Lessons Learned from the CMS Artificial Intelligence Health Outcomes Challenge
On April 30, CMS announced the winner and runner-up of the CMS Artificial Intelligence (AI) Health Outcomes Challenge (“AI Challenge”), a prize competition for innovators to demonstrate how artificial intelligence tools can be used to accelerate the development of AI solutions that predict patient health events for Medicare beneficiaries for potential use by the CMS Center for Medicare and Medicaid Innovation (Innovation Center) in testing innovative payment and service delivery models. This announcement, which marked the culmination of a two-year competition, was an exciting example of how public/private partnerships can drive innovation. The AI challenge was notable for several reasons...
Strong, diverse participant interest. The AI Challenge attracted applicants from across the health care and AI communities – small and large, for-profit and non-profit, traditional players and newcomers. CMS received more than 300 applications to participate in the competition. The 25 organizations who qualified to take part in the first round included data science specialists, health systems, diversified consultants, academics, and large U.S. multinational companies. The winner of the AI Challenge, selected out of the seven finalists in the second (final) round, was ClosedLoop.ai, a health care data sciences company located in Austin, TX. The runner-up was Geisinger, an integrated health system based in Danville, PA.
Impressive participant submissions. In the second round of the competition, the seven finalists submitted predictive algorithms for 12-month mortality of Medicare beneficiaries, and further developed their first-round forecasts of unplanned hospital and skilled nursing facility admissions, and adverse outcomes. All finalist submissions demonstrated a high-level of technical expertise and creativity. The top competitors generated predictive algorithms with outstanding accuracy scores, particularly considering the limited data set used to train and test their algorithms. Accuracy metrics included industry standard measures, such as area under the ROC curve, calibration, and precision. Among the submissions, there were several excellent dashboard designs to explain predictions to clinicians and patients in an understandable, useful, and trustworthy way. All finalists addressed the issue of implicit algorithmic bias in their submissions, and proposed creative approaches to mitigating potential bias.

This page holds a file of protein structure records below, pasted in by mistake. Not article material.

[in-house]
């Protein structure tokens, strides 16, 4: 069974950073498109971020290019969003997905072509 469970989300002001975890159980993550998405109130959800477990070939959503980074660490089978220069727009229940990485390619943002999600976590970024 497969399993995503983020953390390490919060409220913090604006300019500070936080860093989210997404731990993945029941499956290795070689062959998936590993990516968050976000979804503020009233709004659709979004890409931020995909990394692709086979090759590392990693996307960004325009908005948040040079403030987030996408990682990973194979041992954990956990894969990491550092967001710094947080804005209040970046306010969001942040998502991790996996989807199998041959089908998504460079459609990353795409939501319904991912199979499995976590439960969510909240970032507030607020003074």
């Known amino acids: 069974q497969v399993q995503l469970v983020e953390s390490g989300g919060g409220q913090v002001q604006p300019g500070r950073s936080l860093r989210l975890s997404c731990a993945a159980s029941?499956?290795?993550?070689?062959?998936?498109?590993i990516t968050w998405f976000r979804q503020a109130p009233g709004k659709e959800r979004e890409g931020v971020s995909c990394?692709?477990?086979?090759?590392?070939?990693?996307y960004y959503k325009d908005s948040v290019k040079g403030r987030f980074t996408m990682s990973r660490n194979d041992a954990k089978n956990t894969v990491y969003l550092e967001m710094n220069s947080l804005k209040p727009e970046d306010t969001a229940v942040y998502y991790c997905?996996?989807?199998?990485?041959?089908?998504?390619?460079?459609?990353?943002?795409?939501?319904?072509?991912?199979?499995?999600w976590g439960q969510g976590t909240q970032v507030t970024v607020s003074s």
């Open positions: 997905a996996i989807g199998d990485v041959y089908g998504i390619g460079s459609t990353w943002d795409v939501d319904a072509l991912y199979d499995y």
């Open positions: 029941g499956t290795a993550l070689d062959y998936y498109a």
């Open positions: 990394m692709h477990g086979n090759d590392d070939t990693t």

Beneficial public-private partnerships. The AI Challenge is an example of how public-private partnerships can work to advance the state of knowledge in a developing area, and generate solutions that can benefit Medicare beneficiaries. CMS had two partners in the AI Competition – the American Academy of Family Physicians (AAFP) and Arnold Ventures – both of which contributed prize funding. In addition, AAFP provided clinical expertise to help assess the initial 300+ applications and, in the first and second rounds of competition, evaluate how effectively the AI predictions could be explained to clinicians (aka “explainability”). Arnold Ventures also contributed its experience in supporting evidence-based health care solutions, including competition expertise.
Finalist engagement in the AI Challenge. Following the competition, we received encouraging feedback from many of the finalists:
“The real challenge of bringing the power of this technology to every health care organization and every health care decision is only beginning.”
“Working on a problem as challenging as Medicare patient outcomes inspired my team. We are already benefiting from the ideas generated during that work.”
“It was a great learning experience for our team. The CMS AI Challenge already has had many positive effects in our organization.”
“Thank you for running such a wonderful AI Health Outcomes Challenge program.”
Lessons learned and opportunities. The AI Challenge was the first prize competition operated by the CMS Innovation Center, and the Innovation Center’s first initiative focused on AI-driven health care solutions. Through the competition, we deepened our understanding of AI and its uses in health care, and our appreciation of the talented AI scientists both in and outside of the health care sector. We see the potential to use AI to help us design and implement our models, including tools to help support clinicians. We also see potential to use challenge competitions in other ways in connection with our models, with or without an AI focus.
Visit here to learn more about the AI Health Care Outcomes Challenge.